October 27 2011 post (oldest post first). A team of Harvard researchers led by Jay Bradner has discovered a molecule, JQ1, that makes cancer cells become NORMAL cells. And this, my friends and family, INCLUDES MULTIPLE MYELOMA CELLS. Thus far the molecule has been tested in mice (wait until you see this with your own eyes), but human clinical trials are planned (I tried looking for this molecule on the Clinical Trial website, but I couldn’t find it…I will search some more when I get home from work tomorrow).
Here’s the link to one of the most promising things I’ve heard/read about since I began my journey with myeloma: http://goo.gl/CQiYk
May the information no longer be a secret! Open source FOREVER!!! Thank you, Jay!!!!!!
UPDATE: A friend in the UK notified me just a little while ago (it’s 8:30 PM in Italy now) that the link didn’t work for him. I tried to access the video in different ways, even looking up Jay Bradner on the TED website, but no, nothing worked. I get taken to a “Page Not Found” on the TED website. I hope the problem is only temporary (perhaps too many people linked to the video, and the system crashed?)…Anyway, it is a problem on their end. Bummer! Has anyone else had the same trouble? Well, it’s getting late here in Florence…I have to get off the computer now. Hope it’s up and in proper working order by the time I get up tomorrow morning, before I take off for work. Anyway, I’m on this story like a dog with a steak bone. So exciting…And yes, I’ve already written to Dr. Bradner…
UPDATE OF THE UPDATE!!! Okay, thanks to Mary, you can view it here: http://goo.gl/p3Qem Until TED gets it up again, this will have to do…
October 29 2011 post. As I mentioned yesterday, my feet are back on the ground. It has taken me almost two days (well, let’s see, yesterday afternoon, after I got home from work and before I went out; then, this morning/part of this afternoon) to go through the full myeloma-JQ1 study, which was published in the September 16 2011 issue of “Cell.” See http://goo.gl/llsuY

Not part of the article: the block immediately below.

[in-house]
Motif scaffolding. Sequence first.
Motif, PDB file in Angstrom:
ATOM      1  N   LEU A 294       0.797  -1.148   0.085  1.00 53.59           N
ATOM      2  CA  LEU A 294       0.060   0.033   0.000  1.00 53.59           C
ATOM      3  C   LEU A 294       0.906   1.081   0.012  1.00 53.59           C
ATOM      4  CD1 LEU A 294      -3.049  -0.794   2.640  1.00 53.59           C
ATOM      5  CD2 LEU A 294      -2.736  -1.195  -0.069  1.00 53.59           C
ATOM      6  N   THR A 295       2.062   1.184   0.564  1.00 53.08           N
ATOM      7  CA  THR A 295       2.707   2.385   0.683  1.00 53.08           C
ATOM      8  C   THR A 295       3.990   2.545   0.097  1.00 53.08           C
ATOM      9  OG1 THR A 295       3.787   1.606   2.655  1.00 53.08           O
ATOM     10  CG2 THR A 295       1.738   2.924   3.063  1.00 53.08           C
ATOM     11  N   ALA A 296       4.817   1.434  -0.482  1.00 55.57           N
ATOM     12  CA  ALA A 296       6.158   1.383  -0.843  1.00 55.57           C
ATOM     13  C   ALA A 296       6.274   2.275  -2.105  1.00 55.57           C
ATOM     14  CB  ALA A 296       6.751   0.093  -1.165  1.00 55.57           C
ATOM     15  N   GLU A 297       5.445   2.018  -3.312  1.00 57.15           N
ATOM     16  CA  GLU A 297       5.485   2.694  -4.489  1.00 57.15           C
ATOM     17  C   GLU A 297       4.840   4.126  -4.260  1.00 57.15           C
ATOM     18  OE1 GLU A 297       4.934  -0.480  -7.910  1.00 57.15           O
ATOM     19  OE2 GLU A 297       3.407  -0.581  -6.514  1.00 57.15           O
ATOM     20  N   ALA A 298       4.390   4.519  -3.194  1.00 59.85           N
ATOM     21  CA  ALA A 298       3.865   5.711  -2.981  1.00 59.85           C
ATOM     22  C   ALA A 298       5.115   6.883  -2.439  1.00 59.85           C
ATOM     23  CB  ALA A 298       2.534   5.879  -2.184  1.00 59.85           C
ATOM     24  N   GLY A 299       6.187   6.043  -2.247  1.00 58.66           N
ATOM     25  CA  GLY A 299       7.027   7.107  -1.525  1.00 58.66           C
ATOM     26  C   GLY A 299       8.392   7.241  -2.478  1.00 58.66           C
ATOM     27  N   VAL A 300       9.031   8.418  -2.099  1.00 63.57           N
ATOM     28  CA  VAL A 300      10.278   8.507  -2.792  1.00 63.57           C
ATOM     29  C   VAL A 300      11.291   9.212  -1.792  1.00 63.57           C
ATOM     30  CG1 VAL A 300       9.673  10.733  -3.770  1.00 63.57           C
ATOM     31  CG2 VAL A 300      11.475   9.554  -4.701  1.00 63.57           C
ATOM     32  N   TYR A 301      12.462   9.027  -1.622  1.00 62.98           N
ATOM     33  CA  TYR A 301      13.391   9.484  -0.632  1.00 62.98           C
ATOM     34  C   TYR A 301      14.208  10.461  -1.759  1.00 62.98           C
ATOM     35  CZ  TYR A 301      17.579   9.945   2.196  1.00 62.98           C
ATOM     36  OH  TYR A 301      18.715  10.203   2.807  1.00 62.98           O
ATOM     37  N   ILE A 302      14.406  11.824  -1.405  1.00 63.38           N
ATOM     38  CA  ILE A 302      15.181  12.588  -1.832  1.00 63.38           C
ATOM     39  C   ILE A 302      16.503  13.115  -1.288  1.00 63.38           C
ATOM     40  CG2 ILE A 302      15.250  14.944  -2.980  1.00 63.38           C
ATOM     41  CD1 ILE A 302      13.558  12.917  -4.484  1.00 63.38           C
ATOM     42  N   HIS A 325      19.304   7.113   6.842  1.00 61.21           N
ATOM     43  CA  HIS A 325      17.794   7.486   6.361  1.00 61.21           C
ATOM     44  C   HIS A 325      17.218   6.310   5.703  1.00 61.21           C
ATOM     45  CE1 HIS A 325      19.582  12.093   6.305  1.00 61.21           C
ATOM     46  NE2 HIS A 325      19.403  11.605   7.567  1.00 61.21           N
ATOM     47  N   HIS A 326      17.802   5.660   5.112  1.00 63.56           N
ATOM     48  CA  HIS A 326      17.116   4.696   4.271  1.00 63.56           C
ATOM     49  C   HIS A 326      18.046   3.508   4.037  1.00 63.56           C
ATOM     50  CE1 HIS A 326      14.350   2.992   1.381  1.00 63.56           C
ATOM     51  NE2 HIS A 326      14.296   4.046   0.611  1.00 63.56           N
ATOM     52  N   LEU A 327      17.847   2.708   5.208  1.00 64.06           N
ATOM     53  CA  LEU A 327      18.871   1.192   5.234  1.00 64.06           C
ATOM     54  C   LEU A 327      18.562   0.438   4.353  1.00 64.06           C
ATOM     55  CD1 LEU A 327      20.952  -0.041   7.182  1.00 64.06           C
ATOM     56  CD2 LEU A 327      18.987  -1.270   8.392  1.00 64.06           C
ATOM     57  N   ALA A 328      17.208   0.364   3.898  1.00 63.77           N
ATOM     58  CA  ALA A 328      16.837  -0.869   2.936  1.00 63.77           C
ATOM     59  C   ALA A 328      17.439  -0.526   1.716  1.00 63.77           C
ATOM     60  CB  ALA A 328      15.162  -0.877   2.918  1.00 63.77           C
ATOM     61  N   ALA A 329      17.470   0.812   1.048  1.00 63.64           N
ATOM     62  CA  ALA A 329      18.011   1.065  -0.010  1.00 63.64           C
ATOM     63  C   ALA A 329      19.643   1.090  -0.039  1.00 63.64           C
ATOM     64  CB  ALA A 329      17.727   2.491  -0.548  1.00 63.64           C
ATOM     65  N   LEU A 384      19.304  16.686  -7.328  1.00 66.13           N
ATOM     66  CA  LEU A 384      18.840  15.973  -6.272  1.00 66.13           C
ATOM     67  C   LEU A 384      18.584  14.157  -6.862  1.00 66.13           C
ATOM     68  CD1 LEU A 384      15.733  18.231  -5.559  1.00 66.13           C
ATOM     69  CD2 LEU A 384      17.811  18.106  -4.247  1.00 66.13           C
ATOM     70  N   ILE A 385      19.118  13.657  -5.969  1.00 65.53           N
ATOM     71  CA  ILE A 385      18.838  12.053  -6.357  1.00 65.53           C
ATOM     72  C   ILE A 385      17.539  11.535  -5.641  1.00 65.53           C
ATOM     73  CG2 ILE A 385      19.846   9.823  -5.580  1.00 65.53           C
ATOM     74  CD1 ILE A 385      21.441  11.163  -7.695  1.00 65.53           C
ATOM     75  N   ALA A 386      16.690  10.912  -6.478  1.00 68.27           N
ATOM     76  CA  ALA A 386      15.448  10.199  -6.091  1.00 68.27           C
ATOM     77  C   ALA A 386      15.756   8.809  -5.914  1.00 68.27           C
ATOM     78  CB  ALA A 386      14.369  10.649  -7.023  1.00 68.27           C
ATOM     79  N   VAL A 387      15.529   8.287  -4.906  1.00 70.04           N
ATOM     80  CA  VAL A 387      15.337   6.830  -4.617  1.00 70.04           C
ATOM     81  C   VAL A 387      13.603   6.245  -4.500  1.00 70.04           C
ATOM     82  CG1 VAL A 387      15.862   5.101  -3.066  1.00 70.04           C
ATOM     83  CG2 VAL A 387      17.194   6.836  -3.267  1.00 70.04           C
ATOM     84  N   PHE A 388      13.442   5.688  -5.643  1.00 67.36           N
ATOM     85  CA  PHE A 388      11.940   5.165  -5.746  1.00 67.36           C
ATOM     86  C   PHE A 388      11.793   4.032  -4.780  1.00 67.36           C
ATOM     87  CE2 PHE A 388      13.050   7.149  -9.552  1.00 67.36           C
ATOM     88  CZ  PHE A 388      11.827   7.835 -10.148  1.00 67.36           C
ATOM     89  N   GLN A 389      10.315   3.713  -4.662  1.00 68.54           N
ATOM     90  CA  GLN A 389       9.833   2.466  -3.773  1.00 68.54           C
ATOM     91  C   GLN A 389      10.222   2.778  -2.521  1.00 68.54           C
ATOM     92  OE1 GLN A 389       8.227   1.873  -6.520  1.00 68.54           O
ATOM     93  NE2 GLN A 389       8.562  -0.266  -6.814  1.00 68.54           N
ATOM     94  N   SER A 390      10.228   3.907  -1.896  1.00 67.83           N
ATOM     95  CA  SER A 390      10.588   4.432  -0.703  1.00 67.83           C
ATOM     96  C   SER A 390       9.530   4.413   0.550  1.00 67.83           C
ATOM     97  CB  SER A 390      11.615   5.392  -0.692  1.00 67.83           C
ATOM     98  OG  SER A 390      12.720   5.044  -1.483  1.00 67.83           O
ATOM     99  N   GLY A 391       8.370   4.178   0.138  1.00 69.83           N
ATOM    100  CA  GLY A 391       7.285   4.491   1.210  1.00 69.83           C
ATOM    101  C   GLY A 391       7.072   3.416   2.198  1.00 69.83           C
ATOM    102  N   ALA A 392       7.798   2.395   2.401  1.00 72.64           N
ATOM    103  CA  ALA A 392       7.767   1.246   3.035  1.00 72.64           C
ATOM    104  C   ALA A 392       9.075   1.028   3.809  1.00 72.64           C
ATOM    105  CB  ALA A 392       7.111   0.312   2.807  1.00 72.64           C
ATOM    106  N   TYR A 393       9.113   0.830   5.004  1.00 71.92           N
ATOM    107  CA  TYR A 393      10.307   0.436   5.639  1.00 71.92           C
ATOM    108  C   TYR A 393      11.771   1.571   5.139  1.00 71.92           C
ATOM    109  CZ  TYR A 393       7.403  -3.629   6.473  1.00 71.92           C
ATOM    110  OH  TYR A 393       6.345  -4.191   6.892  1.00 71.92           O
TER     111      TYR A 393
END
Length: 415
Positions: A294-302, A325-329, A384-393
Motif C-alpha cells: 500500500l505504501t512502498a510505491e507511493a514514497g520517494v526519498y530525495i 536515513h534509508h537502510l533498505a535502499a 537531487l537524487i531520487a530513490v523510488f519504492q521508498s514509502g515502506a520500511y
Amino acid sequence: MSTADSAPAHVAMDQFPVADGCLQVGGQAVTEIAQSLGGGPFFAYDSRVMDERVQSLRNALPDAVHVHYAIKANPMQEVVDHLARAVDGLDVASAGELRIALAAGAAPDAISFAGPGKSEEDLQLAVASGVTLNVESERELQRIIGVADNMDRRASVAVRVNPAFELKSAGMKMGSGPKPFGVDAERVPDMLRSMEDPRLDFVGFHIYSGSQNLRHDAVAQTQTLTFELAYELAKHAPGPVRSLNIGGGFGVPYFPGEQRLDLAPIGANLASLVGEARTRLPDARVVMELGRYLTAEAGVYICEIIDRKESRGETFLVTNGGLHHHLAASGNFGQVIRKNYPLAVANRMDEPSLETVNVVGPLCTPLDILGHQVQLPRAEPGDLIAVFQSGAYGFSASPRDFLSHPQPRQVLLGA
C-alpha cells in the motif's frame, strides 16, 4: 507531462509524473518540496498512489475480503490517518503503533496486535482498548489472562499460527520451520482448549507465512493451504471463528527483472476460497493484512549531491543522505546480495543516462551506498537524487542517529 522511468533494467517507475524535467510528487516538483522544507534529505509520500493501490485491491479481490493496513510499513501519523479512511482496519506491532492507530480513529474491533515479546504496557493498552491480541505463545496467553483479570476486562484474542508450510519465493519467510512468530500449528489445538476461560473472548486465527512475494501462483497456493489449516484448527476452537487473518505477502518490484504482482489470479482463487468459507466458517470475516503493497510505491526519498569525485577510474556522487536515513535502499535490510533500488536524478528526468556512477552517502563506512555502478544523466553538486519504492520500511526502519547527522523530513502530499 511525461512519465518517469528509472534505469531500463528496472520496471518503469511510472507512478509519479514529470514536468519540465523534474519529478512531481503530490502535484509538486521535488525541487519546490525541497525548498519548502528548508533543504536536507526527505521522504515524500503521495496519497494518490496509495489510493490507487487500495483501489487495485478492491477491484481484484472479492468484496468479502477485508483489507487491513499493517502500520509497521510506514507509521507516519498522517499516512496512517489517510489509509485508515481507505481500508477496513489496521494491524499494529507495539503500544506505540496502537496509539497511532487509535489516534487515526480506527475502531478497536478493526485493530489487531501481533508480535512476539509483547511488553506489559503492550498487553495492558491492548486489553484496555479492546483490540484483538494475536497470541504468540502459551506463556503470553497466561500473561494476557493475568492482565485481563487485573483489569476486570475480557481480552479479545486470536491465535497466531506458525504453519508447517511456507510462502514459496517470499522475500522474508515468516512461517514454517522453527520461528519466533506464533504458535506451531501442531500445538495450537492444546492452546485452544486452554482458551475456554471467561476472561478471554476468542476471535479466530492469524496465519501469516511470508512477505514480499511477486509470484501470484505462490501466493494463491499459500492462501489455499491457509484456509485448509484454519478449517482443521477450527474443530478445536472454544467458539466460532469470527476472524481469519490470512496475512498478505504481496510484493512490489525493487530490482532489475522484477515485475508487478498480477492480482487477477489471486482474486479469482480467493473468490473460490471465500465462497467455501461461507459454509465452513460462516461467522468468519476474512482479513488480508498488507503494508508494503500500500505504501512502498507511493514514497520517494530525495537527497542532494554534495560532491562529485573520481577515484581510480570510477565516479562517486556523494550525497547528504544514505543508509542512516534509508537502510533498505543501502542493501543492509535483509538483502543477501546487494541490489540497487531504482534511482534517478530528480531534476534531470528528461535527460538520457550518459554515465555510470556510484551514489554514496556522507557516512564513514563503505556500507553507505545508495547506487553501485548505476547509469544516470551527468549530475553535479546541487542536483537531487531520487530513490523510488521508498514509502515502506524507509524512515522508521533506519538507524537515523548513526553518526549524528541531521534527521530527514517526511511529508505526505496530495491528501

To be honest, the title alone almost made me want to crawl under my covers and take a verrrry long nap: “BET Bromodomain Inhibition as a Therapeutic Strategy to Target c-Myc.” Mamma mia! But really, it’s not that bad. Especially since I’m going to (try to) boil down all this scientific jargon into something more comprehensible…turning it into into a sort of silly action movie …So sit back and relax. This is going to take some time…but in the end, I think/hope you will agree that you didn’t waste your time…
Let’s introduce Margaret’s, er, “movie” script:
- The treatment target is called MYC, = one of the padrinos of myeloma progression who keeps instructing the dumbbell myeloma cells surrounding him to grow and divide and go about doing their evil deeds…
- Our superhero is instead called JQ1, a bromodomain inhibitor.
Hmmm, now for a quick digression. Bromodomain. What’s that? For the scientifically-inclined, bromodomains are protein domains that bind and recognize histone acetylation. Yeah, I know, I know. My sentiments, exactly. Let’s see if we can get through the study without getting into all that…skip skip skip.
Oh, quick aside: I’d like to point out that curcumin also inhibits MYC. Yup.
Now let’s continue with the crazy idea, which, however, helped me visualize what might be going on here, more or less:
- Okay, we’ve established (see above list) that JQ1 is the good guy who wants to stop MYC, the bad guy.
- But, oh no!, JQ1 can’t shoot the padrino directly. Why not?
- Because MYC is one of those slippery and slithery evil characters…incredibly efficient at dodging JQ1’s hits. And he has a lot of bodyguards, too.
- No problem. Our superhero is always a step ahead. So he decides instead to identify and hit some members of MYC’s family = the so-called BET bromodomains…
- But JQ1, who’s a really smart (and caring) superhero, doesn’t just want to step inside MYC’s headquarters and waste his bullets by shooting at everything that moves. Besides, he reasons, there might be some folks in there who don’t have anything to do with MM progression (in fact, there are: BRD2 and BRD3, e.g.)…